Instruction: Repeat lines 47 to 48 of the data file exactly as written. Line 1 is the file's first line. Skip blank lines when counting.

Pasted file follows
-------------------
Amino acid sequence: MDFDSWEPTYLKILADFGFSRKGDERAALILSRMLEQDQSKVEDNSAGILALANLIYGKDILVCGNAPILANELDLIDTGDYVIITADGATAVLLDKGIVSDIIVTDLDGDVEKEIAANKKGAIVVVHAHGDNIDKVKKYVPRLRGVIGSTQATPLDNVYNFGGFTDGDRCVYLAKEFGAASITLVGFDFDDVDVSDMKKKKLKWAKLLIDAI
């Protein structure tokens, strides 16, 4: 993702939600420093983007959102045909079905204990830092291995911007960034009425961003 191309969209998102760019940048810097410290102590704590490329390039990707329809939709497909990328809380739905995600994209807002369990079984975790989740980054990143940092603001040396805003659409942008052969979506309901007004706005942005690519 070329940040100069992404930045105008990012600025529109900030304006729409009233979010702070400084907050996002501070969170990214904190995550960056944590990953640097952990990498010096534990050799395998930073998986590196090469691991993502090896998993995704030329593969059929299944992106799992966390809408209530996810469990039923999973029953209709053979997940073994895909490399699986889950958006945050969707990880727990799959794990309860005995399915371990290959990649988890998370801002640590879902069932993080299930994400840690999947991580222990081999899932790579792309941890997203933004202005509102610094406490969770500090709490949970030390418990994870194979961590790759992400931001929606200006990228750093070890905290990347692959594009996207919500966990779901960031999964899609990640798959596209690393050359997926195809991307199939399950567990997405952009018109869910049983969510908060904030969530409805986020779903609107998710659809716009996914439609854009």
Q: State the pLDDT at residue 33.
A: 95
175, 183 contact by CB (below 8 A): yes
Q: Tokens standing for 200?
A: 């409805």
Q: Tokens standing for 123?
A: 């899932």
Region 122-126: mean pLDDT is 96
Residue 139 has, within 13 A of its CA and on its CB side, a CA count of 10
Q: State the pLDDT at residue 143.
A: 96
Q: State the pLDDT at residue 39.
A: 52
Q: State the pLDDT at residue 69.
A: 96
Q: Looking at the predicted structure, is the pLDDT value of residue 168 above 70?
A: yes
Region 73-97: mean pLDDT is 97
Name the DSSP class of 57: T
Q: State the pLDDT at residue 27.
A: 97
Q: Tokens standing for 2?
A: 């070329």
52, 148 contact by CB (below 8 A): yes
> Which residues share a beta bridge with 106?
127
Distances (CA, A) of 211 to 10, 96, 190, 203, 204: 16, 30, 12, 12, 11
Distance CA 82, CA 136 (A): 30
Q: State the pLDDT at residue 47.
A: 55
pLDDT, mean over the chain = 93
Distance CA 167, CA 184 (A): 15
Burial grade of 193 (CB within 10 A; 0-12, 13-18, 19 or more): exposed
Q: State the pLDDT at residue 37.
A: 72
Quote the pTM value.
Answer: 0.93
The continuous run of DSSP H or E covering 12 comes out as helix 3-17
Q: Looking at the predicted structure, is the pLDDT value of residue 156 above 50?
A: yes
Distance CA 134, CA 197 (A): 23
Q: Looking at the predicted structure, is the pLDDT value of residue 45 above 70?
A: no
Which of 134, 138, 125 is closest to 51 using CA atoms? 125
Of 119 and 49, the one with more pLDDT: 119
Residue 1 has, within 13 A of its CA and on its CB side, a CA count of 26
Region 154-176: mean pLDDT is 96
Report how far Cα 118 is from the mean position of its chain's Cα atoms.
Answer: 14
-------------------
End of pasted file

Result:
Of 119 and 49, the one with more pLDDT: 119
Residue 1 has, within 13 A of its CA and on its CB side, a CA count of 26